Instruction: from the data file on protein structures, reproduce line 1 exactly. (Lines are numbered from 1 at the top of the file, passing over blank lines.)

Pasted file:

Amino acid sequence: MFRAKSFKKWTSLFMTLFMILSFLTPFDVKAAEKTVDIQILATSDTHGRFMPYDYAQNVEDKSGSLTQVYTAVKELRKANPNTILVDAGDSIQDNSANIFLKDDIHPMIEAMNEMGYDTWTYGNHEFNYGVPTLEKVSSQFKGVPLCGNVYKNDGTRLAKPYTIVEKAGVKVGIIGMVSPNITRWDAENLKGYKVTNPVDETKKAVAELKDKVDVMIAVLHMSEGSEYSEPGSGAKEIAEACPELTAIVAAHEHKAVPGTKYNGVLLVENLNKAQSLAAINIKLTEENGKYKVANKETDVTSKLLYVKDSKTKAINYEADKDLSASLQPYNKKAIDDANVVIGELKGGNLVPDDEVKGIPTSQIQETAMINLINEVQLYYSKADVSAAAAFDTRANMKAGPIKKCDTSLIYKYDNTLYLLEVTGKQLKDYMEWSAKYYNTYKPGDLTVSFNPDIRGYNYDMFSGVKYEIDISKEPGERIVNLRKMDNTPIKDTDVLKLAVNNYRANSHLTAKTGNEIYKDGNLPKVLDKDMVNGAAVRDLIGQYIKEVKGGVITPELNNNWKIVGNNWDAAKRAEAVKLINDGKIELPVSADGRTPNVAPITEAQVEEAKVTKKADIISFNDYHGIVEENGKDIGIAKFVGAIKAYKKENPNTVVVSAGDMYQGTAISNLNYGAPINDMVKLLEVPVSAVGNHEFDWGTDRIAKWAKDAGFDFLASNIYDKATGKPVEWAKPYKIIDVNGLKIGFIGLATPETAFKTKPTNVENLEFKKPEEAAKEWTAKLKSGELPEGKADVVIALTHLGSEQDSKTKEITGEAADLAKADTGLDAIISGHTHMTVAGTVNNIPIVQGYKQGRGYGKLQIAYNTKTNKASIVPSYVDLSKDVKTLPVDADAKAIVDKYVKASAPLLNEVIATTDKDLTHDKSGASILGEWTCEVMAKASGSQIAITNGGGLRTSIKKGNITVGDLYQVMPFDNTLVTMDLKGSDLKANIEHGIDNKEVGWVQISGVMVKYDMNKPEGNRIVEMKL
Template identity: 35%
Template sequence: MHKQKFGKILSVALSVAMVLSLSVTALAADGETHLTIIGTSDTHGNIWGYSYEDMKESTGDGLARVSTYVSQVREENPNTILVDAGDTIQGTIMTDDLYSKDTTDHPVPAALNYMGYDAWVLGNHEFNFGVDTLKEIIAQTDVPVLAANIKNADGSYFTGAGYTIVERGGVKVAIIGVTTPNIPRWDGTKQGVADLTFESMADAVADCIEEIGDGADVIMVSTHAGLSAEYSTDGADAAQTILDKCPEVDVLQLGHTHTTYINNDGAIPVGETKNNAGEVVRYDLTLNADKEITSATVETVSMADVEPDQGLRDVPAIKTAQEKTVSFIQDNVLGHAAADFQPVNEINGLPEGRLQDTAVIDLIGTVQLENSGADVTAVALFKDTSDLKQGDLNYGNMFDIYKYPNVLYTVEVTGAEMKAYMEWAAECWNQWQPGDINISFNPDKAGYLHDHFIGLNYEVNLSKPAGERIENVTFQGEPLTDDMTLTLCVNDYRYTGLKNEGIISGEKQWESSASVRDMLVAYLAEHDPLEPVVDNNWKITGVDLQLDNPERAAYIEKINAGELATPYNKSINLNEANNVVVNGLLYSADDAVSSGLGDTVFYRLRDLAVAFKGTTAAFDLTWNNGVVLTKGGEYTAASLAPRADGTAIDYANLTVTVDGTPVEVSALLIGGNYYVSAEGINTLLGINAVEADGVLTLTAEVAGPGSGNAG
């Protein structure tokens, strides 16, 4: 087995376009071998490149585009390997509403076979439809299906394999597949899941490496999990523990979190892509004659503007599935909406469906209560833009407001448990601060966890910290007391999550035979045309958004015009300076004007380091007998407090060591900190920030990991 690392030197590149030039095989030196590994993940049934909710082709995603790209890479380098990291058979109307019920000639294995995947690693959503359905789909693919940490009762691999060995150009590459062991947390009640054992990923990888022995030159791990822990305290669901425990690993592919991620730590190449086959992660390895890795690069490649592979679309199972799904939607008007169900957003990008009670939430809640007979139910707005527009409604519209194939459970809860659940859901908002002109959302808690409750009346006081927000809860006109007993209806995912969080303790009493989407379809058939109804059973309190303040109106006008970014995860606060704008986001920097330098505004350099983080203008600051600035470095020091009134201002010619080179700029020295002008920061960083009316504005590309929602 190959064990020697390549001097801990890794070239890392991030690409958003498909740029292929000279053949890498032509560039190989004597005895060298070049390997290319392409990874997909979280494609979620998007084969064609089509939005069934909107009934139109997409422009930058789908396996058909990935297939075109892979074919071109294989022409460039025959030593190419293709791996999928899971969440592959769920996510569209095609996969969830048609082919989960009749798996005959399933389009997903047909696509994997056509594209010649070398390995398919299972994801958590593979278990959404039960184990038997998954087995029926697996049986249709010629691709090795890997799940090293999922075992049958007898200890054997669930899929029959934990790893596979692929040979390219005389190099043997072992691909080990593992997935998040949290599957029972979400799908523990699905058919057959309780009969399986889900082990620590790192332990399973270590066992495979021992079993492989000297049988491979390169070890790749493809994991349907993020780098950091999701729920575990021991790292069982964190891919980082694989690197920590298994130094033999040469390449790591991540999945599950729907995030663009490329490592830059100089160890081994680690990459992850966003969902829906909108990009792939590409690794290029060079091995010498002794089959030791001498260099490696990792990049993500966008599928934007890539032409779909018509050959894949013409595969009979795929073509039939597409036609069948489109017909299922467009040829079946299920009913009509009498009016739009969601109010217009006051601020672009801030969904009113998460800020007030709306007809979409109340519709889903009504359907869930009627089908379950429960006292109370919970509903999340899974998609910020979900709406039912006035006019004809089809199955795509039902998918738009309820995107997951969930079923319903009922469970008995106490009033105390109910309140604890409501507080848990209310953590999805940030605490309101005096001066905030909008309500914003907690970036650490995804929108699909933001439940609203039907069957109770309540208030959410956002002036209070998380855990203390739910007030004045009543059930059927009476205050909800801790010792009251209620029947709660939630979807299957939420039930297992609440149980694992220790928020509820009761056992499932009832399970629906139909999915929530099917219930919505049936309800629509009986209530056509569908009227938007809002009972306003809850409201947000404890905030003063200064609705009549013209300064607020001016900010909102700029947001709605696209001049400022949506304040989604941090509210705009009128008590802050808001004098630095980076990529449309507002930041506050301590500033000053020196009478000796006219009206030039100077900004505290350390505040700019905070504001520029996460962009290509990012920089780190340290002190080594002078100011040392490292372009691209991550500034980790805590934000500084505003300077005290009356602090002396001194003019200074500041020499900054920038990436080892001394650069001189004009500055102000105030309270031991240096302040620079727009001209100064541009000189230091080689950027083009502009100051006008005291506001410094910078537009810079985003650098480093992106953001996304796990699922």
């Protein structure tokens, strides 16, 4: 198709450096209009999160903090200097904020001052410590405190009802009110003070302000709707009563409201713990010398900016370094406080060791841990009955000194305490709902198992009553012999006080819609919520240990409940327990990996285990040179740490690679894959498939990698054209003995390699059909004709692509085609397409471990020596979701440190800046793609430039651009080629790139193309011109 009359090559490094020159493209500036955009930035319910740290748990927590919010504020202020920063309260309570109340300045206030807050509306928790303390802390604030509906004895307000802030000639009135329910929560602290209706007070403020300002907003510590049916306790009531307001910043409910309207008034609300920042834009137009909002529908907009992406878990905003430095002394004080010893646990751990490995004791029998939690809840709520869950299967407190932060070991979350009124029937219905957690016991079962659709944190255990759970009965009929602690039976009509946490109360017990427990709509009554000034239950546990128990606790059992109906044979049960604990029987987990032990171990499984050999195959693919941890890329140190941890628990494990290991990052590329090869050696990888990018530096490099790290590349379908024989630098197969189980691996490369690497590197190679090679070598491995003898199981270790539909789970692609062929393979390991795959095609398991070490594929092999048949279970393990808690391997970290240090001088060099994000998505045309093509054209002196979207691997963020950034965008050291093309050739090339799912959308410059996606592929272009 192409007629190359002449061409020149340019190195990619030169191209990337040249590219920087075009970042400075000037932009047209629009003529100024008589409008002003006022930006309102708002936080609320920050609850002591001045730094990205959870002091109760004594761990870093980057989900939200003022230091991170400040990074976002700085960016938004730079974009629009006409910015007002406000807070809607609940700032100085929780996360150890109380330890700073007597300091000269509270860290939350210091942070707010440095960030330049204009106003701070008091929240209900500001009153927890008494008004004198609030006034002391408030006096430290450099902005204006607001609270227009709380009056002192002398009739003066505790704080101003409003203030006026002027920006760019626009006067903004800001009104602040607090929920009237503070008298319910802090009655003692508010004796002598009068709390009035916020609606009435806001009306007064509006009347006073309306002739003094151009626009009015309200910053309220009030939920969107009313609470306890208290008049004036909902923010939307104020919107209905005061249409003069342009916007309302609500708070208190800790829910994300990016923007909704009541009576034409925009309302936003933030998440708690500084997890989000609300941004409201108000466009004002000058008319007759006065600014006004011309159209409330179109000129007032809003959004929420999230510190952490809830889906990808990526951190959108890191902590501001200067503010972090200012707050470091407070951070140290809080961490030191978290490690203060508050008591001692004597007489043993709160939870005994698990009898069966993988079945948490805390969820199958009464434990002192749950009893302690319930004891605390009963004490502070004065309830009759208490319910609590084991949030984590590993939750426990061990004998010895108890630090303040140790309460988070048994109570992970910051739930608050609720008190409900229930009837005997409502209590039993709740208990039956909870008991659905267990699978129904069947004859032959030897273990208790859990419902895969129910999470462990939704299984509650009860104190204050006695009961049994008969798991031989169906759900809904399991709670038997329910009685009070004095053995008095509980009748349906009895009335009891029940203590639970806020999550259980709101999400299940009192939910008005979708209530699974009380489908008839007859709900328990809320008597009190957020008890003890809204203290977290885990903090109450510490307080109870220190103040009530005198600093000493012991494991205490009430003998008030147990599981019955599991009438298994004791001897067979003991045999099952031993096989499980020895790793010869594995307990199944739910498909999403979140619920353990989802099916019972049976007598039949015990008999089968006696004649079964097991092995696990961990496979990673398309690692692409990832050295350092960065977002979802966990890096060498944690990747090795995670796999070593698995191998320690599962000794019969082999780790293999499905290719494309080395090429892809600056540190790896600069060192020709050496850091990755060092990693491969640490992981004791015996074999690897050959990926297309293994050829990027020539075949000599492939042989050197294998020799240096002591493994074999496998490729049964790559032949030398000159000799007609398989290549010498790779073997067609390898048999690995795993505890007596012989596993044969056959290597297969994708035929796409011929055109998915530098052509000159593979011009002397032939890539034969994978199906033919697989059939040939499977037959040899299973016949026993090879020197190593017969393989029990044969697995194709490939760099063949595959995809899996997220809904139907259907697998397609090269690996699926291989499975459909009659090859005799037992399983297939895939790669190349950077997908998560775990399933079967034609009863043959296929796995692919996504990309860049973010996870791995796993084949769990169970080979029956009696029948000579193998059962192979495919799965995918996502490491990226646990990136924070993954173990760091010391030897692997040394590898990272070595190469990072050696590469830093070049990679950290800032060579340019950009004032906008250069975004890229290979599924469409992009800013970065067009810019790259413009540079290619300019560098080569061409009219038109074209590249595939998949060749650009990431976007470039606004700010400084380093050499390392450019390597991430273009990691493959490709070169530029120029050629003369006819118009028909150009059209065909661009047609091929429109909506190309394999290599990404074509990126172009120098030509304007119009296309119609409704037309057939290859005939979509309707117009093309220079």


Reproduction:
Amino acid sequence: MFRAKSFKKWTSLFMTLFMILSFLTPFDVKAAEKTVDIQILATSDTHGRFMPYDYAQNVEDKSGSLTQVYTAVKELRKANPNTILVDAGDSIQDNSANIFLKDDIHPMIEAMNEMGYDTWTYGNHEFNYGVPTLEKVSSQFKGVPLCGNVYKNDGTRLAKPYTIVEKAGVKVGIIGMVSPNITRWDAENLKGYKVTNPVDETKKAVAELKDKVDVMIAVLHMSEGSEYSEPGSGAKEIAEACPELTAIVAAHEHKAVPGTKYNGVLLVENLNKAQSLAAINIKLTEENGKYKVANKETDVTSKLLYVKDSKTKAINYEADKDLSASLQPYNKKAIDDANVVIGELKGGNLVPDDEVKGIPTSQIQETAMINLINEVQLYYSKADVSAAAAFDTRANMKAGPIKKCDTSLIYKYDNTLYLLEVTGKQLKDYMEWSAKYYNTYKPGDLTVSFNPDIRGYNYDMFSGVKYEIDISKEPGERIVNLRKMDNTPIKDTDVLKLAVNNYRANSHLTAKTGNEIYKDGNLPKVLDKDMVNGAAVRDLIGQYIKEVKGGVITPELNNNWKIVGNNWDAAKRAEAVKLINDGKIELPVSADGRTPNVAPITEAQVEEAKVTKKADIISFNDYHGIVEENGKDIGIAKFVGAIKAYKKENPNTVVVSAGDMYQGTAISNLNYGAPINDMVKLLEVPVSAVGNHEFDWGTDRIAKWAKDAGFDFLASNIYDKATGKPVEWAKPYKIIDVNGLKIGFIGLATPETAFKTKPTNVENLEFKKPEEAAKEWTAKLKSGELPEGKADVVIALTHLGSEQDSKTKEITGEAADLAKADTGLDAIISGHTHMTVAGTVNNIPIVQGYKQGRGYGKLQIAYNTKTNKASIVPSYVDLSKDVKTLPVDADAKAIVDKYVKASAPLLNEVIATTDKDLTHDKSGASILGEWTCEVMAKASGSQIAITNGGGLRTSIKKGNITVGDLYQVMPFDNTLVTMDLKGSDLKANIEHGIDNKEVGWVQISGVMVKYDMNKPEGNRIVEMKL